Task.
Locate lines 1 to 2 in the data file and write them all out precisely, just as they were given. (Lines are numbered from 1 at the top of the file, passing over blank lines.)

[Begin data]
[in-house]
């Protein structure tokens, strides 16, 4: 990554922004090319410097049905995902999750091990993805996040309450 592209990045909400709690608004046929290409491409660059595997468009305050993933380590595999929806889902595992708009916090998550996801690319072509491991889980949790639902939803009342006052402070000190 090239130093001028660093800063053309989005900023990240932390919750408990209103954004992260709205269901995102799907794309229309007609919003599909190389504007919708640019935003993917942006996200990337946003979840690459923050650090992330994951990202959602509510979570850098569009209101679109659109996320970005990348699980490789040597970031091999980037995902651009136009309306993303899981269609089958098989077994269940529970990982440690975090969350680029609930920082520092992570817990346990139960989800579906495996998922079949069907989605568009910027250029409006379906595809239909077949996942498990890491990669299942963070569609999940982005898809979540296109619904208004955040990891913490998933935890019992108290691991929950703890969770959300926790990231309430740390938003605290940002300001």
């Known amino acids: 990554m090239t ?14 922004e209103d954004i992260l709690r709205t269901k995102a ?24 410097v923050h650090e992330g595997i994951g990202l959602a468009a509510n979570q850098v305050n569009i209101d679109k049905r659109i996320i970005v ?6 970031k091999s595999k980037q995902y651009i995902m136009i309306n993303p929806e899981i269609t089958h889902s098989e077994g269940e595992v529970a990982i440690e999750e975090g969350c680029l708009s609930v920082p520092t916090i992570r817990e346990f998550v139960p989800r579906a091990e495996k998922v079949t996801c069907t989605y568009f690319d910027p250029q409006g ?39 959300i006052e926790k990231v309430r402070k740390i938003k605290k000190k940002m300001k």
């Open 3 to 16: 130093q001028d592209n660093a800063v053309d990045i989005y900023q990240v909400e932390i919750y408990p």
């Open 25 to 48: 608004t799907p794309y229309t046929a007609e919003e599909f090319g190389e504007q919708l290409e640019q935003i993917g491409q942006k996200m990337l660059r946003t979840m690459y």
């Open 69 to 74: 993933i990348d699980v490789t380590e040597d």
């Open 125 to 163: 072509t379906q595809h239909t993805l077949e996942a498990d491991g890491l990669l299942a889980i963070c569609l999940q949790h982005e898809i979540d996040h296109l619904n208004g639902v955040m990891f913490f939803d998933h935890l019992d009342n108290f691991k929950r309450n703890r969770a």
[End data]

[in-house]
């Protein structure tokens, strides 16, 4: 990554922004090319410097049905995902999750091990993805996040309450 592209990045909400709690608004046929290409491409660059595997468009305050993933380590595999929806889902595992708009916090998550996801690319072509491991889980949790639902939803009342006052402070000190 090239130093001028660093800063053309989005900023990240932390919750408990209103954004992260709205269901995102799907794309229309007609919003599909190389504007919708640019935003993917942006996200990337946003979840690459923050650090992330994951990202959602509510979570850098569009209101679109659109996320970005990348699980490789040597970031091999980037995902651009136009309306993303899981269609089958098989077994269940529970990982440690975090969350680029609930920082520092992570817990346990139960989800579906495996998922079949069907989605568009910027250029409006379906595809239909077949996942498990890491990669299942963070569609999940982005898809979540296109619904208004955040990891913490998933935890019992108290691991929950703890969770959300926790990231309430740390938003605290940002300001």